Difference between revisions of "Steam"

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=== Alternative Flatpak installation ===
 
=== Alternative Flatpak installation ===
  
Steam can also be installed via [[Flatpak]] ({{ic|com.valvesoftware.Steam}} from the [https://flathub.org/ Flathub] repository).
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Steam can also be installed via [[Flatpak]], by adding the [https://flathub.org/ Flathub] repository and installing {{ic|com.valvesoftware.Steam}} from there.
  
 
The Flatpak application currently does not support themes.
 
The Flatpak application currently does not support themes.

Revision as of 15:00, 19 October 2017

From Wikipedia:

Steam is a digital distribution, digital rights management, multiplayer and communications platform developed by Valve Corporation. It is used to distribute games and related media online, from small independent developers to larger software houses.

Steam is best known as the platform needed to play Source Engine games (e.g. Half-Life 2, Counter-Strike). Today it offers many games from many other developers.

Installation

Note:
  • Arch Linux is not officially supported, the only officially supported distribution is Ubuntu. [1].
  • If you have a 64-bit system, enable the multilib repository.

Install the steam package.

The following fixes are needed to get Steam functioning properly on Arch Linux:

  • If you have a 64-bit system, you will need to install the 32-bit version of your graphics driver (the package in the OpenGL (Multilib) column)
  • Steam may fail to start due to broken/missing libraries. See Steam/Troubleshooting#Steam runtime issues.
  • Steam makes heavy usage of the Arial font. A decent Arial font to use is ttf-liberation or the fonts provided by Steam. Asian languages require wqy-zenhei to display properly.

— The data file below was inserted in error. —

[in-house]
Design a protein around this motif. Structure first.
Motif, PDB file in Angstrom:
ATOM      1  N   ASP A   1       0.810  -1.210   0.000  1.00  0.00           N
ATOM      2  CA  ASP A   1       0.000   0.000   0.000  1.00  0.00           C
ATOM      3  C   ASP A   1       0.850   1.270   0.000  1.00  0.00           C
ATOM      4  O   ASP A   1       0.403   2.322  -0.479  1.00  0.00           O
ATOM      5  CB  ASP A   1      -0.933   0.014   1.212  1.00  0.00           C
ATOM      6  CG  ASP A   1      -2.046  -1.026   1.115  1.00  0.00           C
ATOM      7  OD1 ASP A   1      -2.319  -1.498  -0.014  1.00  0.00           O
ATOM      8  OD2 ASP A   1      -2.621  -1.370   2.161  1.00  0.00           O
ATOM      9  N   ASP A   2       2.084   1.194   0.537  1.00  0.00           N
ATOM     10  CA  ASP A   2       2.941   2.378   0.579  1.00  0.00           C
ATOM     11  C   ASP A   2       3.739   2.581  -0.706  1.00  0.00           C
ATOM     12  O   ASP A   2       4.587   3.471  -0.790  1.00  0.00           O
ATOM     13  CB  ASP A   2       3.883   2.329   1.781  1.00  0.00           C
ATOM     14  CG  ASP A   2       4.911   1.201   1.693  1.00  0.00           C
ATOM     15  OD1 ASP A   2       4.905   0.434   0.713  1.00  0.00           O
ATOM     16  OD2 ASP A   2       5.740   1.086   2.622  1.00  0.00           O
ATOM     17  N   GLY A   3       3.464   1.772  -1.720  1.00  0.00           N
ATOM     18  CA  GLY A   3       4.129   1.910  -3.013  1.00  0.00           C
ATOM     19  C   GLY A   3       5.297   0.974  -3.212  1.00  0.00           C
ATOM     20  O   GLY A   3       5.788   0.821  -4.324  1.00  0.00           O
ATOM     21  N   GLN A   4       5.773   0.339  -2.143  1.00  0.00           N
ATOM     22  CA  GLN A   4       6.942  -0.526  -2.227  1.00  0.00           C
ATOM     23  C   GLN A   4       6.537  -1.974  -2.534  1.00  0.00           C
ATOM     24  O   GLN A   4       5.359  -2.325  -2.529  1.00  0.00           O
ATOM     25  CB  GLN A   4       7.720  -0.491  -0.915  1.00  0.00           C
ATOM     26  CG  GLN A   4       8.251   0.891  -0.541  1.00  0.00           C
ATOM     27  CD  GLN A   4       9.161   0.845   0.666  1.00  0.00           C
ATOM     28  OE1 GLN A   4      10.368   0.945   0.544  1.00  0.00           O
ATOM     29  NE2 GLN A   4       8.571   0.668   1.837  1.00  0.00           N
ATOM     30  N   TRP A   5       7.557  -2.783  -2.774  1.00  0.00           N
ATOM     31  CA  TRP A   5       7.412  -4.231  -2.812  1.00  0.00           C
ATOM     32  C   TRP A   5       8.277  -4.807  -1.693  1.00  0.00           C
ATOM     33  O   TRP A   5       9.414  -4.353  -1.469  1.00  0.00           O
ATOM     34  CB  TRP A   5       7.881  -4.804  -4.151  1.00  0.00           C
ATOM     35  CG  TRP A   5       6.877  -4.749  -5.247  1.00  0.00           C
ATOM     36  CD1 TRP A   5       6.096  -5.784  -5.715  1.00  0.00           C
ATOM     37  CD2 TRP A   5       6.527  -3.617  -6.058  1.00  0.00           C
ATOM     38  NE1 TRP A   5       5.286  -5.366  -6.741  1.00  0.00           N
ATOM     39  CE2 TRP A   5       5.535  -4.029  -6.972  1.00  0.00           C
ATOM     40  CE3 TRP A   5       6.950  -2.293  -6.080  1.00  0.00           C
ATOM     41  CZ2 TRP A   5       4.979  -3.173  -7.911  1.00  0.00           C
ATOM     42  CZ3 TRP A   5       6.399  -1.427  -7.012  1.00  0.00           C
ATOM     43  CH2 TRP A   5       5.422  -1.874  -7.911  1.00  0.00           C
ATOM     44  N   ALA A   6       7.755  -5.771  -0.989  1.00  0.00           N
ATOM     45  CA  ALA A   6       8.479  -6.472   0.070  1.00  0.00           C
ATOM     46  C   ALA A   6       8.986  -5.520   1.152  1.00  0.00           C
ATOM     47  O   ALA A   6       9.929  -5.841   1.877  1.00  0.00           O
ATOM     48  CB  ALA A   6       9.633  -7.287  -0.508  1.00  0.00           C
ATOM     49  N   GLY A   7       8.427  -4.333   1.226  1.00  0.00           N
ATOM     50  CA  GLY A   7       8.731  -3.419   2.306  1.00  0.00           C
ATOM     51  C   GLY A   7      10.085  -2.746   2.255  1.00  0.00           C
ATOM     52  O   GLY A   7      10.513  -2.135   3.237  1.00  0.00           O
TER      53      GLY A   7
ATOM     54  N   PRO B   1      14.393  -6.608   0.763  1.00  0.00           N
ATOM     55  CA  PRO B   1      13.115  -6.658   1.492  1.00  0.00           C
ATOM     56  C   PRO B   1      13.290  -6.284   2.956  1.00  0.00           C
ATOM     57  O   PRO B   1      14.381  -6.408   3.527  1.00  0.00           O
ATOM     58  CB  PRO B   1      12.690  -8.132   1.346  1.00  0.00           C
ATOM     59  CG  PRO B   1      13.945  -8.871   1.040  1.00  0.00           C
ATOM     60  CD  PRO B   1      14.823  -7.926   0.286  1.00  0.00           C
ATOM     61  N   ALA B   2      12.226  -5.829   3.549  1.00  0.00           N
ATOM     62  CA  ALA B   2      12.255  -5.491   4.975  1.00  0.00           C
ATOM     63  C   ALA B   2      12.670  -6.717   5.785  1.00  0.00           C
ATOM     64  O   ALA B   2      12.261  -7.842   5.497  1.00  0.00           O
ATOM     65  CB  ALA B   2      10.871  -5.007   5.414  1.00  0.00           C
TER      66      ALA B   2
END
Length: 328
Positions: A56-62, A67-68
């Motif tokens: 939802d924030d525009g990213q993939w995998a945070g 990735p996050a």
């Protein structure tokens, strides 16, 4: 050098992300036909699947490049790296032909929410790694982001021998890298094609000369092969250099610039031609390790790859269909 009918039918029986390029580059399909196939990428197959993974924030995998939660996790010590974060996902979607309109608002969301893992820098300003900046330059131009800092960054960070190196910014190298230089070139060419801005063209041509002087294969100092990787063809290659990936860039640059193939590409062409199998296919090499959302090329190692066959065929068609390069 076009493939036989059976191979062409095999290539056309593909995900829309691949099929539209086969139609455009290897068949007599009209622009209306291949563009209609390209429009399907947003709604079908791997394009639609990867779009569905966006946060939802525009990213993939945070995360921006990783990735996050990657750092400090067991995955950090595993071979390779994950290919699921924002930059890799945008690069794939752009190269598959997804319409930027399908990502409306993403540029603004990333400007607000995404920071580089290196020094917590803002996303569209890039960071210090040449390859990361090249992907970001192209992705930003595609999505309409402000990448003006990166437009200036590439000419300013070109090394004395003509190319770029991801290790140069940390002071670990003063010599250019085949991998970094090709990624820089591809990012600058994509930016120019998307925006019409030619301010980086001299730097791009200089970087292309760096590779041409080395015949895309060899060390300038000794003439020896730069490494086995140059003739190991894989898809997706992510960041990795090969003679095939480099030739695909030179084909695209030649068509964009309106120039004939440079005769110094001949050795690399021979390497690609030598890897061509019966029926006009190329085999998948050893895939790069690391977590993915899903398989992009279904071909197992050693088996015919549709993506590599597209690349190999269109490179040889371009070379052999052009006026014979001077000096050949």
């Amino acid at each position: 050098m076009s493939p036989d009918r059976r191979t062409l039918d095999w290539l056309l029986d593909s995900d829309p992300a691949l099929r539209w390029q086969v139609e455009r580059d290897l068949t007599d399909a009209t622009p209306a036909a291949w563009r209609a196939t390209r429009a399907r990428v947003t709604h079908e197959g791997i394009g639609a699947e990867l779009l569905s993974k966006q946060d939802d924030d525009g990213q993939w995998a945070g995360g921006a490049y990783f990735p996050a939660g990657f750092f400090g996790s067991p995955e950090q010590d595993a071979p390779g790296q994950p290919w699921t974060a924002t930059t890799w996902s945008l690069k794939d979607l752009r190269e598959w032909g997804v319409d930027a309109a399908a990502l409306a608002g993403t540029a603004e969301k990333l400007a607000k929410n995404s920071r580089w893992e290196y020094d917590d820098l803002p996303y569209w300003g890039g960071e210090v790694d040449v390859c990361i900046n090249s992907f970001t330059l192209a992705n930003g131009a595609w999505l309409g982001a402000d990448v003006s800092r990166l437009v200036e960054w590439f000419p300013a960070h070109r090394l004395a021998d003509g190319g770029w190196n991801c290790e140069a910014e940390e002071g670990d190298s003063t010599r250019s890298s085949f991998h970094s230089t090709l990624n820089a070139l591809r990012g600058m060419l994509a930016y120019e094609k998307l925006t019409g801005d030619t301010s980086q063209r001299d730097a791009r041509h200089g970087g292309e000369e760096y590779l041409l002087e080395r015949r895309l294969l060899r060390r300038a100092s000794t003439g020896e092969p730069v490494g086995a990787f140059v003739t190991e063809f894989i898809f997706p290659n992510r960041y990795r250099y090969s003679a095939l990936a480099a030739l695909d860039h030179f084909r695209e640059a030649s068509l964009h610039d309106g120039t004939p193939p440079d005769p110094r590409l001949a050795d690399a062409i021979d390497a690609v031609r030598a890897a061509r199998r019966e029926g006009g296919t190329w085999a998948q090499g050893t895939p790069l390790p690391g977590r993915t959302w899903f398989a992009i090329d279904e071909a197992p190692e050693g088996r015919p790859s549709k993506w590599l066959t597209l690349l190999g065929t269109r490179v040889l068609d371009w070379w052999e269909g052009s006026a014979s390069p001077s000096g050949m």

• Several games have dependencies which may be missing from your system. If a game fails to launch (often without error messages) then make sure all of the libraries listed in Steam/Game-specific troubleshooting are installed.
  • In case that you are using Arch Linux in your local language, make sure that you also have properly generated en_US locales (see Locale#Generating locales). Otherwise Steam client wont start with invalid pointer error.

SteamCMD

For the SteamCMD, a command-line version of the Steam client, that is primarily used to install and update dedicated servers, install the steamcmdAUR package.

Alternative Flatpak installation

Steam can also be installed via Flatpak, by adding the Flathub repository and installing com.valvesoftware.Steam from there.

The Flatpak application currently does not support themes.

By default Steam won't be able to access your home directory, you can run the following command to allow it, so that it behaves like on Ubuntu or SteamOS:

flatpak override com.valvesoftware.Steam --filesystem=/home/$USER

Usage

To start Steam simply run steam.

  • -bigpicture to start in Big Picture Mode
  • -silent don't open the main window

Tips and tricks

Directory structure

~/.steam/ by default contains the following symlinks:

bin   -> ~/.steam/bin32
bin32 -> ~/.local/share/Steam/ubuntu12_32
bin64 -> ~/.local/share/Steam/ubuntu12_64
root  -> ~/.local/share/Steam
sdk32 -> ~/.local/share/Steam/linux32
sdk64 -> ~/.local/share/Steam/linux64
steam -> ~/.local/share/Steam

As you can see Steam stores its files in ~/.local/share/Steam/ by default. You can change where Steam stores its content by moving ~/.local/share/Steam/ and starting Steam, which will prompt you if you have moved your Steam content. You can then browse to the new location and Steam will update the symlinks in ~/.steam/.